In addition to embedding compliance within a company’s culture, compliance with these laws and regulatory requirements starts with building risk-focused, compliant and commercially intelligent anti-financial crime frameworks.
There must be a clear understanding of any existing weaknesses or gaps in the framework supporting a company’s compliance program. Gaps may include deficiencies in a company’s monitoring, control systems and training. Those gaps are ideal places to deploy new technology or solutions.
While no single solution fits all financial crimes, there are specific overarching considerations for companies looking to implement financial crime technology to protect themselves and by extension their customers/clients and business partners.
First, make sure that tools the company is considering have a proven testing ground. Are any of the company’s peers using these tools?
Second, if a company wants to utilize a technology enhancement that is disruptive or attacks the financial crime problem differently than some historical approaches, the company should consider meeting with its regulators and informing them about their approach and the benefit of the new tool.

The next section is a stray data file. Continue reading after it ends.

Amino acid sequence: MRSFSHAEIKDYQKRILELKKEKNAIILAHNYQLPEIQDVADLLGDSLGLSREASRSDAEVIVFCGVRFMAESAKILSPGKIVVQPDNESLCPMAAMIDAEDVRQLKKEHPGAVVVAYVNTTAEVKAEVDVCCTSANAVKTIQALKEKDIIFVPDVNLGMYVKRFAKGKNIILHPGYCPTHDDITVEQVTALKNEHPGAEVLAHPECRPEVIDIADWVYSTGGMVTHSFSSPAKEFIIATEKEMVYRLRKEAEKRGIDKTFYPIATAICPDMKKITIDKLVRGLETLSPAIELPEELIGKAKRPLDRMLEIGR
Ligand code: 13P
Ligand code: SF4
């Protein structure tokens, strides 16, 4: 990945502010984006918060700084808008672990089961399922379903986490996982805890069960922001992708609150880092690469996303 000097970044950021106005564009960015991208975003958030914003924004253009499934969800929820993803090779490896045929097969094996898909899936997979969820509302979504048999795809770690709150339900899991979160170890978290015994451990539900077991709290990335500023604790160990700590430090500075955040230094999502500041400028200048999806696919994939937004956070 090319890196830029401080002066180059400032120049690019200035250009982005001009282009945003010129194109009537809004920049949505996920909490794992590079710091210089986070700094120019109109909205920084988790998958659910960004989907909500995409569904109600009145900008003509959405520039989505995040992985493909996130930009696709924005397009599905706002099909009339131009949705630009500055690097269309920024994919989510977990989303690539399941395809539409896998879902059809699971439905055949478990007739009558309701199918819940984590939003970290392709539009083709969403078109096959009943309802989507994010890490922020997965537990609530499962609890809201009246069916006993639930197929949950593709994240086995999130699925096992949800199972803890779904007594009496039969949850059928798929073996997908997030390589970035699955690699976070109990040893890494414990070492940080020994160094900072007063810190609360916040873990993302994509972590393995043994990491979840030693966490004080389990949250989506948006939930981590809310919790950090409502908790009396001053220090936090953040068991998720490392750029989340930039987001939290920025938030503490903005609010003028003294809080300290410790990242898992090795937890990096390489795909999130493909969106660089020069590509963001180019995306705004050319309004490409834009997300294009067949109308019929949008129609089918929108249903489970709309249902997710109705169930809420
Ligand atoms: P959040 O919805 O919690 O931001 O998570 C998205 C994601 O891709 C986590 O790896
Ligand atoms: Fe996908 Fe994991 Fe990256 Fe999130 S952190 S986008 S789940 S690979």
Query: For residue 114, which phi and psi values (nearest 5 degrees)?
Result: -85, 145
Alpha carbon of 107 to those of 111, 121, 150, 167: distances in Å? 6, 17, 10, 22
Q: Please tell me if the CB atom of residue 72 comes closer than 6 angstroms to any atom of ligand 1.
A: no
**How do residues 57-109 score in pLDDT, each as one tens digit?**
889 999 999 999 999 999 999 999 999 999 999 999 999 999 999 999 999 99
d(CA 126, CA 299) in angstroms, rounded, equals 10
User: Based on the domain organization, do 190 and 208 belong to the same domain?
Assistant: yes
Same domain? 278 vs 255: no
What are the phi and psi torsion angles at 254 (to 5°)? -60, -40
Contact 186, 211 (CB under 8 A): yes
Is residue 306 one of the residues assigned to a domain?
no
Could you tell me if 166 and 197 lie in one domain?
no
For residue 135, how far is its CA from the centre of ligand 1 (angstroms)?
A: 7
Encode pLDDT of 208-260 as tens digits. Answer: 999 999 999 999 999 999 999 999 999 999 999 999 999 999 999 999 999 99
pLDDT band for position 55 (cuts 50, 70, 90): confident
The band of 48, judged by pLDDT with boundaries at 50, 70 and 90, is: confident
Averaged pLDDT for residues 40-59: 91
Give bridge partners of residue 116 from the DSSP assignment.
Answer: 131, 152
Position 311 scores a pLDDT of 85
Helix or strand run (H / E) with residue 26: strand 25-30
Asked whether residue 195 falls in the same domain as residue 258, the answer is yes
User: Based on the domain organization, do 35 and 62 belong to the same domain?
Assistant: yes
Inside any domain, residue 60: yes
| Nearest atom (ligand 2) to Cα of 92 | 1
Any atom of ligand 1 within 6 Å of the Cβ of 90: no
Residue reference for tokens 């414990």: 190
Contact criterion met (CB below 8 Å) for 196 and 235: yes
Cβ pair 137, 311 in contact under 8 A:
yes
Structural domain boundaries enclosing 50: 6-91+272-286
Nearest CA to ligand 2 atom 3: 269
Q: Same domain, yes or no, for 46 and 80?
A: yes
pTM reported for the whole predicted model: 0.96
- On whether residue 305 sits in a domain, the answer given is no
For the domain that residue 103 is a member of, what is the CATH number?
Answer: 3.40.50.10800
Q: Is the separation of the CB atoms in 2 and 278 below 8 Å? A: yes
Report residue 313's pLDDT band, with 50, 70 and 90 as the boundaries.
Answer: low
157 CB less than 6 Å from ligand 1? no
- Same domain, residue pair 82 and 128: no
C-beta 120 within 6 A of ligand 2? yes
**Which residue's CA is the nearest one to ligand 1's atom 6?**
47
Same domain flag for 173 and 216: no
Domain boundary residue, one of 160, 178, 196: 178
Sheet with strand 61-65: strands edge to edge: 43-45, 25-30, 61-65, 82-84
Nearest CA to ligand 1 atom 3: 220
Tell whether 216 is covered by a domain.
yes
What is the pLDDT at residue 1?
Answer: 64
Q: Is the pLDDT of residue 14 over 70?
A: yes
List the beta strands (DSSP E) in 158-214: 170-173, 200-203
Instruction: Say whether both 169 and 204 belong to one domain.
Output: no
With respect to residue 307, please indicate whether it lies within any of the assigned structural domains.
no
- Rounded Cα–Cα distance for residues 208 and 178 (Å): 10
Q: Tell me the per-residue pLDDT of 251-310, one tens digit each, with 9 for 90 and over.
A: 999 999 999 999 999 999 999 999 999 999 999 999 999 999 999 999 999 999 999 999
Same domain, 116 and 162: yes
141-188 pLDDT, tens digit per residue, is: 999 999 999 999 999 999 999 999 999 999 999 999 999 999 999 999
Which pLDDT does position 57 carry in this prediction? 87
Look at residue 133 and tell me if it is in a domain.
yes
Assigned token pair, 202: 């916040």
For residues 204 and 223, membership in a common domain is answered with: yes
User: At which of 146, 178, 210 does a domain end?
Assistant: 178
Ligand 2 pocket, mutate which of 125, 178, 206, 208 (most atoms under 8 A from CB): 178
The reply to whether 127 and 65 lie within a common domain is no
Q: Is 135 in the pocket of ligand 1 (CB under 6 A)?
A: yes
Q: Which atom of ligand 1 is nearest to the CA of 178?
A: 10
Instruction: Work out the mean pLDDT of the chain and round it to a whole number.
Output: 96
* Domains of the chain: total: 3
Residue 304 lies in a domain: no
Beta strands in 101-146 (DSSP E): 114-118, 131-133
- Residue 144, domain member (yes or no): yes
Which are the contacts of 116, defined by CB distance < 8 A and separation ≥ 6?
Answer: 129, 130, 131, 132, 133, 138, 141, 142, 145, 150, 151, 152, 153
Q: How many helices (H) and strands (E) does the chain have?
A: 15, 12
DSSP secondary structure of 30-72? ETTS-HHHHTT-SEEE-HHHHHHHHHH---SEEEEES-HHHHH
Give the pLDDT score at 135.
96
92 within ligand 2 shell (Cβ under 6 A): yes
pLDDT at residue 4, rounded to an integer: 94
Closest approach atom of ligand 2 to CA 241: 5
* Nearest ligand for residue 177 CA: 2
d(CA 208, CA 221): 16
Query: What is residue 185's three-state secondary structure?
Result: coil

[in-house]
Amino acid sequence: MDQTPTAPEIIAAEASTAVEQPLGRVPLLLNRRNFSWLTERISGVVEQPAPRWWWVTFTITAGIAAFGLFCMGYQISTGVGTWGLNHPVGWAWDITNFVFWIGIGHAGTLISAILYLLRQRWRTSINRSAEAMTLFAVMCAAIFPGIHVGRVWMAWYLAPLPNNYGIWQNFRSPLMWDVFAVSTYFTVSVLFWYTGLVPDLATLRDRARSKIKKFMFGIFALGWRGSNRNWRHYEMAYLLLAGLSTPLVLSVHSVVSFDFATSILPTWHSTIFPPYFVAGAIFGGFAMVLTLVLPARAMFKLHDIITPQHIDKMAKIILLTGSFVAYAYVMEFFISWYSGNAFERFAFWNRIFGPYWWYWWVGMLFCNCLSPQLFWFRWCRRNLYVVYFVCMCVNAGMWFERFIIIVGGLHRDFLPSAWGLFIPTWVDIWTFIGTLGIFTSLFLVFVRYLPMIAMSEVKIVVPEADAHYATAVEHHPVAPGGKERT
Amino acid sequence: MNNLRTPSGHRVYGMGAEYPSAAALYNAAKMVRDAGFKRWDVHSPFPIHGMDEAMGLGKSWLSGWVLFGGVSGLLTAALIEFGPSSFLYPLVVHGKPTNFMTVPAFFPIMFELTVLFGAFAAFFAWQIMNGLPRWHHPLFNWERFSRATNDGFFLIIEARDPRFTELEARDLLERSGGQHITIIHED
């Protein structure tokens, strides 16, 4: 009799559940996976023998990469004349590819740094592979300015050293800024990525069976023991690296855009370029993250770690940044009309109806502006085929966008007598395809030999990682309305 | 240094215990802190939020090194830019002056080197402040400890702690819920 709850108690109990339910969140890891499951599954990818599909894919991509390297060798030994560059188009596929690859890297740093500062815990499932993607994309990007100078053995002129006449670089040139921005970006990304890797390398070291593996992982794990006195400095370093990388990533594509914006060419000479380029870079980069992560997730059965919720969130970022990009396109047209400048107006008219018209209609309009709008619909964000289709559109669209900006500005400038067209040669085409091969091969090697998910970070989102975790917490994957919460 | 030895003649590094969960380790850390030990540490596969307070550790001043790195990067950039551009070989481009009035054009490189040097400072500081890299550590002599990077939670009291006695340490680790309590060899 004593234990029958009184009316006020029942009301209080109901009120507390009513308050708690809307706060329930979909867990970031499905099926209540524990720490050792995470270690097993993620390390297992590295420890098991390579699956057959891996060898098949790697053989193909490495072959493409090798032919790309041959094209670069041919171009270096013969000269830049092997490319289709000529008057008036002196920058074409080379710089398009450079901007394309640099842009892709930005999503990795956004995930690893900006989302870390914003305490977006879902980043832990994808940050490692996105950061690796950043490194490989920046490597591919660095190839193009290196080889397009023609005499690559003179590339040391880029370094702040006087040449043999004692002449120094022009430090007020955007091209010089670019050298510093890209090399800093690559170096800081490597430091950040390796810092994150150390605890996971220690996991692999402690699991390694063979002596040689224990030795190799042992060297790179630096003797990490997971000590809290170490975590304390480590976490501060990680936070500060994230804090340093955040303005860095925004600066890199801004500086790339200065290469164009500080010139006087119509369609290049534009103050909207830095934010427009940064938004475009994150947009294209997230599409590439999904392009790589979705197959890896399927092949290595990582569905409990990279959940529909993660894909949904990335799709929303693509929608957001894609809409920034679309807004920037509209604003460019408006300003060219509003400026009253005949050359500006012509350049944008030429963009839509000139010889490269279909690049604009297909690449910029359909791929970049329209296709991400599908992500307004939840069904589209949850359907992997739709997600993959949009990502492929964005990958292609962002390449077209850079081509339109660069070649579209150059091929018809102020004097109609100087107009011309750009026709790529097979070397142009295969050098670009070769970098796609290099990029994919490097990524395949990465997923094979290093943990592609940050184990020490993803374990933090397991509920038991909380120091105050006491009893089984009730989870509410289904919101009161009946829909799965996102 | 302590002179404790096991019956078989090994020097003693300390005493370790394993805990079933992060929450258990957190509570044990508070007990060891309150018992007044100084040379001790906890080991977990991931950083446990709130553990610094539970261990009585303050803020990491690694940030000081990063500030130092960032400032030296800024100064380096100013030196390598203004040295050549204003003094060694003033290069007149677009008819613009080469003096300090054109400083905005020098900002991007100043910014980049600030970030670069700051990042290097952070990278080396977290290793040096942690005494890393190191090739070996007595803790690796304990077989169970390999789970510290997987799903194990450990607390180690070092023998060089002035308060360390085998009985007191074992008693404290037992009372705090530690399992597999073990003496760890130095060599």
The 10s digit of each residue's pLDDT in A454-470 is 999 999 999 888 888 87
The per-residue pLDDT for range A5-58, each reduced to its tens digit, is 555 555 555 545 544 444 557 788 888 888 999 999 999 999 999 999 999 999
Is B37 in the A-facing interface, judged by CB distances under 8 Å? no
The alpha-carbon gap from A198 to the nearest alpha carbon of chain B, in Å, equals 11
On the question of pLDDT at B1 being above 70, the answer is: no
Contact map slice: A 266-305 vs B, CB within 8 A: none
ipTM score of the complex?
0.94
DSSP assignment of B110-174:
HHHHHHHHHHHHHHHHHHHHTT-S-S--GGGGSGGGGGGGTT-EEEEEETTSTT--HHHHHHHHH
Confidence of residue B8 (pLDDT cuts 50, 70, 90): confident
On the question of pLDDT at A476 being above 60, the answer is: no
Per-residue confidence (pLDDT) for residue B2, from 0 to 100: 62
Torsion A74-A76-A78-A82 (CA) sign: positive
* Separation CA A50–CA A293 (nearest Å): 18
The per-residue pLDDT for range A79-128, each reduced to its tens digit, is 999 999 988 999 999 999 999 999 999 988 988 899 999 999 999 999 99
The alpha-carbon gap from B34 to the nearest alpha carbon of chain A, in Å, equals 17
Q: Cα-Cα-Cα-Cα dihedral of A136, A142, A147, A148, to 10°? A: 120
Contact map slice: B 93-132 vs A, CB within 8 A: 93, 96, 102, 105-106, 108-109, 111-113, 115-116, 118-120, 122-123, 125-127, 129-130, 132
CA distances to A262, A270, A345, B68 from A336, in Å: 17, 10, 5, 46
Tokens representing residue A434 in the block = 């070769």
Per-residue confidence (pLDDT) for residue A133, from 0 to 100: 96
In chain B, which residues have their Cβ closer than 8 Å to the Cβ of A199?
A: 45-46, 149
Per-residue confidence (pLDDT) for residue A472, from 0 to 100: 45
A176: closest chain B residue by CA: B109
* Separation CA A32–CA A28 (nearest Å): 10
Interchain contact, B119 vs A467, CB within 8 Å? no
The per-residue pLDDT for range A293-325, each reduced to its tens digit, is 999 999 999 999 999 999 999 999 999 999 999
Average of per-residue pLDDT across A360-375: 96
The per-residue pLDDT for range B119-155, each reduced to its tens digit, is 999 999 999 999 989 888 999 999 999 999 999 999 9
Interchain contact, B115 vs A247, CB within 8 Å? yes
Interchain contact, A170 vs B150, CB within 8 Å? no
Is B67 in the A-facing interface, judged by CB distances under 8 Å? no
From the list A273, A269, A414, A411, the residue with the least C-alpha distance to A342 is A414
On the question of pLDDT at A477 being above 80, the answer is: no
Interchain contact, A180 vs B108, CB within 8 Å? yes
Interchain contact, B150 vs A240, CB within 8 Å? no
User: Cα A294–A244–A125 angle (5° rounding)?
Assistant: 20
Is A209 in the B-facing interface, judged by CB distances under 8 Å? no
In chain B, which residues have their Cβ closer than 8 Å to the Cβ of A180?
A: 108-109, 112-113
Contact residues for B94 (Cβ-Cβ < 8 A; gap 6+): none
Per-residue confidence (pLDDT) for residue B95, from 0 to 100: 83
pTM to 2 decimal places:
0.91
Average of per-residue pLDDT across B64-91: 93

Third, companies should always carefully detail in their contractual agreements what will happen if it decides to stop using a specific technology solution, (via Forbes).
I really enjoyed this opinion piece and wholeheartedly agreed with premise and conclusions. I would even focus a bit more on the importance of broad and deep financial crime training – and not just for those in dedicated financial crime compliance teams.
Such a strategy could prevent some criminal risks from even getting in the door, leaving more time to do proactive investigations of data to divine trends to help law enforcement, rather than strictly forensic exercises to craft suspicious activity reports.
By pairing new technology, innovation, implementation and regulatory and senior management support with rich, relevant and expansive financial crime compliance training – and as I said, pushing this wider view of fincrime training to frontline staff, branch managers and business line managers – the bank improves the data coming into the institution and turns what have been classic foils for compliance into strengths. If this all comes together, a brave new world indeed.
In unprecedented move, OFAC brings hammer against Turkish businessman for ‘repeated violations’ of Iran sanctions rules while settling related breach case with U.S. company